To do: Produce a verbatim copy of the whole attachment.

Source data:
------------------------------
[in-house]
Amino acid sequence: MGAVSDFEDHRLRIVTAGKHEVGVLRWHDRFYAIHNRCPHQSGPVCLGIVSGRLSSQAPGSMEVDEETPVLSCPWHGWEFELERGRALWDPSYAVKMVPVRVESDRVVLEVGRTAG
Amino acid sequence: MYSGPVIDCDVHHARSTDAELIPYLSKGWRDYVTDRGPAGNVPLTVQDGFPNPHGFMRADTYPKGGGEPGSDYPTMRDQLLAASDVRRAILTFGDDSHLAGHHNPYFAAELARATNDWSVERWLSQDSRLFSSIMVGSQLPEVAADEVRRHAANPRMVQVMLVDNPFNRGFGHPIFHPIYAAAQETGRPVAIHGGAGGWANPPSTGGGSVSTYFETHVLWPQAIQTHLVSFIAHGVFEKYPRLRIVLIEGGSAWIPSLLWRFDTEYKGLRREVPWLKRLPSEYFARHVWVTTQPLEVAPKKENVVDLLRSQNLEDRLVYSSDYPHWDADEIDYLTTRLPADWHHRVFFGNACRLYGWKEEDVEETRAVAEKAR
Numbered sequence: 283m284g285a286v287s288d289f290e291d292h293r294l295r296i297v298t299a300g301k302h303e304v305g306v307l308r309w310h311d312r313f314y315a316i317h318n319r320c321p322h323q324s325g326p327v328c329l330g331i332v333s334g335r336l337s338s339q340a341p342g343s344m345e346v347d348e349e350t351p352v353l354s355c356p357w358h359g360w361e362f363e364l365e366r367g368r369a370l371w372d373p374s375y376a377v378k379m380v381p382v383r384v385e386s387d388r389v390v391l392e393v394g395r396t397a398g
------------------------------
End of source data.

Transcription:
[in-house]
Amino acid sequence: MGAVSDFEDHRLRIVTAGKHEVGVLRWHDRFYAIHNRCPHQSGPVCLGIVSGRLSSQAPGSMEVDEETPVLSCPWHGWEFELERGRALWDPSYAVKMVPVRVESDRVVLEVGRTAG
Amino acid sequence: MYSGPVIDCDVHHARSTDAELIPYLSKGWRDYVTDRGPAGNVPLTVQDGFPNPHGFMRADTYPKGGGEPGSDYPTMRDQLLAASDVRRAILTFGDDSHLAGHHNPYFAAELARATNDWSVERWLSQDSRLFSSIMVGSQLPEVAADEVRRHAANPRMVQVMLVDNPFNRGFGHPIFHPIYAAAQETGRPVAIHGGAGGWANPPSTGGGSVSTYFETHVLWPQAIQTHLVSFIAHGVFEKYPRLRIVLIEGGSAWIPSLLWRFDTEYKGLRREVPWLKRLPSEYFARHVWVTTQPLEVAPKKENVVDLLRSQNLEDRLVYSSDYPHWDADEIDYLTTRLPADWHHRVFFGNACRLYGWKEEDVEETRAVAEKAR
Numbered sequence: 283m284g285a286v287s288d289f290e291d292h293r294l295r296i297v298t299a300g301k302h303e304v305g306v307l308r309w310h311d312r313f314y315a316i317h318n319r320c321p322h323q324s325g326p327v328c329l330g331i332v333s334g335r336l337s338s339q340a341p342g343s344m345e346v347d348e349e350t351p352v353l354s355c356p357w358h359g360w361e362f363e364l365e366r367g368r369a370l371w372d373p374s375y376a377v378k379m380v381p382v383r384v385e386s387d388r389v390v391l392e393v394g395r396t397a398g